Usually I’m not in the right place at the right time. I’m more of a day late, dollar short kinda gal. This past fall I began thinking about moving my studio out of the house. I started researching spaces and costs and communities. On impulse one afternoon, I stopped by a local opening. Judith HeartSong was there. I had connected with her online before, but this was the first time I’d met her in person.
And she just happened to be starting something very exciting.
For once I was somewhere at the right time. And I know her new endeavor Artists & Makers Studios is the right place for me.
I haven’t known Judith long, but I can tell you she’s all about supporting artists. She’s driven. Professional. Caring.
I may be leaving my house to paint in a thriving arts complex under her seasoned direction, but I sure feel like I’m coming home.
Judith HeartSong is a professional artist with 33 years of experience as a painter, muralist, and mixed media artist. She has painted large murals along the eastern seaboard, including a large mural at the National Zoo. She has successfully licensed her work to a number of companies and one of her paintings was presented to Hillary Clinton at President Clinton’s first inauguration. Judith has curated, juried, and hung countless shows and exhibits, and has extensive experience and expertise in PR and arts administration. She worked as the art director for the very successful corporate art consulting firm, ArtMatters here in metro DC for more than 8 years, building bonds with metro area artists and artists all over the country. Judith founded the very successful artist discussion group, salon – an artful conversation which brings together artists from all over the metro area, and the salon concept is now poised to spread nationwide. Judith is the founder and executive director of Artists & Makers Studios and her studio is now housed at Artists & Makers.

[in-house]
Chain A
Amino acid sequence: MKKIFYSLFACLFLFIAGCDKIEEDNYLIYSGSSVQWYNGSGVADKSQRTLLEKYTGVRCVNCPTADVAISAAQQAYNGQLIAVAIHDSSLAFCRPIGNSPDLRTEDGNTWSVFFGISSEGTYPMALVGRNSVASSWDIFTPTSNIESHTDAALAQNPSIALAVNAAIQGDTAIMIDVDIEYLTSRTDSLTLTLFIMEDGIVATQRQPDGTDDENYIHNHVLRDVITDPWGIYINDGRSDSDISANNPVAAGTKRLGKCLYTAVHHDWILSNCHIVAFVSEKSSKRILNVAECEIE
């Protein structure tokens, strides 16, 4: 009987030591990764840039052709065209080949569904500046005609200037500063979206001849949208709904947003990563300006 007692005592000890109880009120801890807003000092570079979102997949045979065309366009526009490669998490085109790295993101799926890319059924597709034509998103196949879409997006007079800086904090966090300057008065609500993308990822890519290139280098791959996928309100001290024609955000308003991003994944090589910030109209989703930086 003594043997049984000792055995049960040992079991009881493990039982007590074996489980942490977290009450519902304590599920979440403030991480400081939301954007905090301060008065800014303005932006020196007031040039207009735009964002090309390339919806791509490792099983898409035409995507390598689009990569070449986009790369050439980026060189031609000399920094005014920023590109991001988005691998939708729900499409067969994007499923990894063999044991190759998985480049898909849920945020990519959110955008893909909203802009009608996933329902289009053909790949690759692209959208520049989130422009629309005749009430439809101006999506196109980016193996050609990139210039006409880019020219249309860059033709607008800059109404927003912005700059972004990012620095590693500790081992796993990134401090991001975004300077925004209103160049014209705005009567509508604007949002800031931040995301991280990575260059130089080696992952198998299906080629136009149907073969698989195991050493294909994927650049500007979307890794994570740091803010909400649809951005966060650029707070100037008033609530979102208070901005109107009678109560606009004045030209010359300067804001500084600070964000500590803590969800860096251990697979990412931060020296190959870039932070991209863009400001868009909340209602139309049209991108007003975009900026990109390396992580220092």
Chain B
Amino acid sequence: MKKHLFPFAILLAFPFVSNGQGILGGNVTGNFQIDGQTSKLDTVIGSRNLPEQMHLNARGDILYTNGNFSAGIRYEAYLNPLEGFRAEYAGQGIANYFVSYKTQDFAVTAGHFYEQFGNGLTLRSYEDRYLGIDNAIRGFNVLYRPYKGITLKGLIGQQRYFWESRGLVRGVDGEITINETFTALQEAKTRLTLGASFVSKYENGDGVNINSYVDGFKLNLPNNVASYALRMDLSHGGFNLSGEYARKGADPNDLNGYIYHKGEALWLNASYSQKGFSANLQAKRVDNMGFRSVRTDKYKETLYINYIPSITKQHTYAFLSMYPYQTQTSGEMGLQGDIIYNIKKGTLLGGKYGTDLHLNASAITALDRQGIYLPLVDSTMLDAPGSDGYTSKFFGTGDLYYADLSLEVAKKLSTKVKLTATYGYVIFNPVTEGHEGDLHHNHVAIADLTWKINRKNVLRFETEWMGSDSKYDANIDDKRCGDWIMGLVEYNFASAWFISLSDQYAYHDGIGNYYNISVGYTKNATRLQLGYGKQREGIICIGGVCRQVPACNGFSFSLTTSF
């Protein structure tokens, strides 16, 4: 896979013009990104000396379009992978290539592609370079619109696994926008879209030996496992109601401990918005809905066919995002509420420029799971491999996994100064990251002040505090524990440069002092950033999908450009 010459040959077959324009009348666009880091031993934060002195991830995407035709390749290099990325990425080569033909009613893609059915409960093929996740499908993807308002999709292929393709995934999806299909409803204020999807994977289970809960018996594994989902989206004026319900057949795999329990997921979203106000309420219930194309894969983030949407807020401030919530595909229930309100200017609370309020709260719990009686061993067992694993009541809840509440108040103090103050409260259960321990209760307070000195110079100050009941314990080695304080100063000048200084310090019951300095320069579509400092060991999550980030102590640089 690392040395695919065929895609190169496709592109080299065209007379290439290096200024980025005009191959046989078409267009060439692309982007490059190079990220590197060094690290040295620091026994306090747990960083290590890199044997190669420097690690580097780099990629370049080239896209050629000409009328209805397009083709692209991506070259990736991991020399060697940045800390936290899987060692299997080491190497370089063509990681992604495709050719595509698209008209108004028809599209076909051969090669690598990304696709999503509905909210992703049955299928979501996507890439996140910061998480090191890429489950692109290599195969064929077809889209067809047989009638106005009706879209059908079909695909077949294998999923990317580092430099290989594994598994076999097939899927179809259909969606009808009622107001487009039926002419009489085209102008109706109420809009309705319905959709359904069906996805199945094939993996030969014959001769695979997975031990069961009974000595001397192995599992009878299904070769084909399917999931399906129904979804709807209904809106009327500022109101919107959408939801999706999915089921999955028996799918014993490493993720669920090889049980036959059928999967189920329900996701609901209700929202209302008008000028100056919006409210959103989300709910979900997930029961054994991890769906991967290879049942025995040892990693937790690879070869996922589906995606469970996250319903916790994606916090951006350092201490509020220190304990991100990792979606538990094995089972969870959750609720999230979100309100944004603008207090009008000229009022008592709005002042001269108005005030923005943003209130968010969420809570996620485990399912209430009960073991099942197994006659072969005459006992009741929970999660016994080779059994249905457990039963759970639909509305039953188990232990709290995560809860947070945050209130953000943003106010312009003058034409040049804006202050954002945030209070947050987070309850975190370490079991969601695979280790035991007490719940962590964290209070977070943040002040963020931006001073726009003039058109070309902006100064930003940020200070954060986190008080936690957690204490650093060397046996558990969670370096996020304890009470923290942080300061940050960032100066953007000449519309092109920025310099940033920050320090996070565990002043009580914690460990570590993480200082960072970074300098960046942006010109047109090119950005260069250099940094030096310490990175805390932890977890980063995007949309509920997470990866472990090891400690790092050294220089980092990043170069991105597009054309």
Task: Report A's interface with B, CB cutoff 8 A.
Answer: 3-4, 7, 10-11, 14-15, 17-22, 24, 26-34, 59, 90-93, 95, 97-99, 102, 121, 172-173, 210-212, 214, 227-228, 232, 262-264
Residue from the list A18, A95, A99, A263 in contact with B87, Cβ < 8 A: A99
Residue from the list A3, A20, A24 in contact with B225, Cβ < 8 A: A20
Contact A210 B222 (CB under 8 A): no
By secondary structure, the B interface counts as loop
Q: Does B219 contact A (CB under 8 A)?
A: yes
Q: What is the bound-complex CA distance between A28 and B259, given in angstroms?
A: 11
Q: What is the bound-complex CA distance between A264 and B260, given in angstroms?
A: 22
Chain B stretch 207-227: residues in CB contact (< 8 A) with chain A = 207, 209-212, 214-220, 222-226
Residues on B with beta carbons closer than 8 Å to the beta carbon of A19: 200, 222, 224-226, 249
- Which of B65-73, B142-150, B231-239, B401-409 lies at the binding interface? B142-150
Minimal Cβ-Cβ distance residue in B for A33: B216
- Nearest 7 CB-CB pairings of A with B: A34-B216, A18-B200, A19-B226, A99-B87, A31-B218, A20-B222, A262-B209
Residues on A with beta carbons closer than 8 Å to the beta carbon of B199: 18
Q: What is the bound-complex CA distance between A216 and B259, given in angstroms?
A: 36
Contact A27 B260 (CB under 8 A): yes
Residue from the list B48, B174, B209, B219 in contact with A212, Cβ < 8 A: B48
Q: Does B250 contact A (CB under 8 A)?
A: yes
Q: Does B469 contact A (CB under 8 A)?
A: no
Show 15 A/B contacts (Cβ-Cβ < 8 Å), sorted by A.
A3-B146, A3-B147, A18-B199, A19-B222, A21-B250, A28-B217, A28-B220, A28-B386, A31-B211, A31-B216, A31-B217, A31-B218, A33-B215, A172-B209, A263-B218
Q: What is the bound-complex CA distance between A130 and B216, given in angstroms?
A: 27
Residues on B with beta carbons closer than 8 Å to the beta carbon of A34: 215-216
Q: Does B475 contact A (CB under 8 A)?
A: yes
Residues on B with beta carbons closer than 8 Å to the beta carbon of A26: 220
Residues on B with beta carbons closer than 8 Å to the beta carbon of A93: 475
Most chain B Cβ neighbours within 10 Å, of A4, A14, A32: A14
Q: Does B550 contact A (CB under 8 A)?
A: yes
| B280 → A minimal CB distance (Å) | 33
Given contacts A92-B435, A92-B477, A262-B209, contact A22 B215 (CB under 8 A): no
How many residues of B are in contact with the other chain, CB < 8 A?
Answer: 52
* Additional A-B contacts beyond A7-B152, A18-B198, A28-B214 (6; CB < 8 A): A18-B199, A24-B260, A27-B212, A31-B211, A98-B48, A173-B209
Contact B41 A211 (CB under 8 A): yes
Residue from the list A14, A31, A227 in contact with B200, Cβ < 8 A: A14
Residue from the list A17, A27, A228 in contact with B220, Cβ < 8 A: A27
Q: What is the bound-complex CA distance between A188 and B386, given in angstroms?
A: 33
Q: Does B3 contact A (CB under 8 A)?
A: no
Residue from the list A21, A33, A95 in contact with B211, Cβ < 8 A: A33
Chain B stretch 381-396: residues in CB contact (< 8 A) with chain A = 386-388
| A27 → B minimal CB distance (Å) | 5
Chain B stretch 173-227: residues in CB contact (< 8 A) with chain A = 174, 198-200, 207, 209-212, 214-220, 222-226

Studio shot of Judith HeartSong working on Peacock Crimson
Why do you make art?
It is the only thing I was ever meant to do. I knew in third grade, as did my teachers, that I would be a professional artist. I have also learned in recent years that I was meant to nurture artists and build community for them.
Describe your studio practice. For example, do you keep set hours, listen to music, or have unique rituals?
When I was raising my two children I would paint during their school day and in the middle of the night. Eventually painting was my full-time job. I worked as the art director and office manager for the very successful corporate art consulting firm ArtMatters for 8 1/2 years, and left to take the helm as executive director at Capitol Arts Network. Forming a for-profit entity with two business partners, I am looking forward to getting back to my regular studio practice at Artists & Makers Studios while serving as executive director.